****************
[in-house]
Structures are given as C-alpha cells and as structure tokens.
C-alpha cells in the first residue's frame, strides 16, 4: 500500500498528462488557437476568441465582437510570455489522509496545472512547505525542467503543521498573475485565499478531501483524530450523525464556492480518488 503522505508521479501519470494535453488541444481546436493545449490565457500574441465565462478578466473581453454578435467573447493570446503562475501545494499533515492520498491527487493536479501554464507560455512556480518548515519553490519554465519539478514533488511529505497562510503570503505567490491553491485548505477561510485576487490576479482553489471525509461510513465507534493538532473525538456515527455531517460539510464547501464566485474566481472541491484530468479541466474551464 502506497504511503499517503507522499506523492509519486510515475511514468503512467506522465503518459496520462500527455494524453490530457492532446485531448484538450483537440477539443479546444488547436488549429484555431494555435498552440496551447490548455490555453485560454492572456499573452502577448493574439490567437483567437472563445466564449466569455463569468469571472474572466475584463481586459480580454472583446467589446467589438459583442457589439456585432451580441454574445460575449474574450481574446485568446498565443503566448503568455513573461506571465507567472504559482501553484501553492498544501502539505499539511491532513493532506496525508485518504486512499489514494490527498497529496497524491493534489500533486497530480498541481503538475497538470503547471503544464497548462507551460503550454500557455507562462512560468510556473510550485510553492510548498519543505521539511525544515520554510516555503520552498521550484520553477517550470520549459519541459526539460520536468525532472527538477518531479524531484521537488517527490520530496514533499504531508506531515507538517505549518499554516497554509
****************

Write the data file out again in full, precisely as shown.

[in-house]
Structures are given as C-alpha cells and as structure tokens.
C-alpha cells in the first residue's frame, strides 16, 4: 500500500498528462488557437476568441465582437510570455489522509496545472512547505525542467503543521498573475485565499478531501483524530450523525464556492480518488 503522505508521479501519470494535453488541444481546436493545449490565457500574441465565462478578466473581453454578435467573447493570446503562475501545494499533515492520498491527487493536479501554464507560455512556480518548515519553490519554465519539478514533488511529505497562510503570503505567490491553491485548505477561510485576487490576479482553489471525509461510513465507534493538532473525538456515527455531517460539510464547501464566485474566481472541491484530468479541466474551464 502506497504511503499517503507522499506523492509519486510515475511514468503512467506522465503518459496520462500527455494524453490530457492532446485531448484538450483537440477539443479546444488547436488549429484555431494555435498552440496551447490548455490555453485560454492572456499573452502577448493574439490567437483567437472563445466564449466569455463569468469571472474572466475584463481586459480580454472583446467589446467589438459583442457589439456585432451580441454574445460575449474574450481574446485568446498565443503566448503568455513573461506571465507567472504559482501553484501553492498544501502539505499539511491532513493532506496525508485518504486512499489514494490527498497529496497524491493534489500533486497530480498541481503538475497538470503547471503544464497548462507551460503550454500557455507562462512560468510556473510550485510553492510548498519543505521539511525544515520554510516555503520552498521550484520553477517550470520549459519541459526539460520536468525532472527538477518531479524531484521537488517527490520530496514533499504531508506531515507538517505549518499554516497554509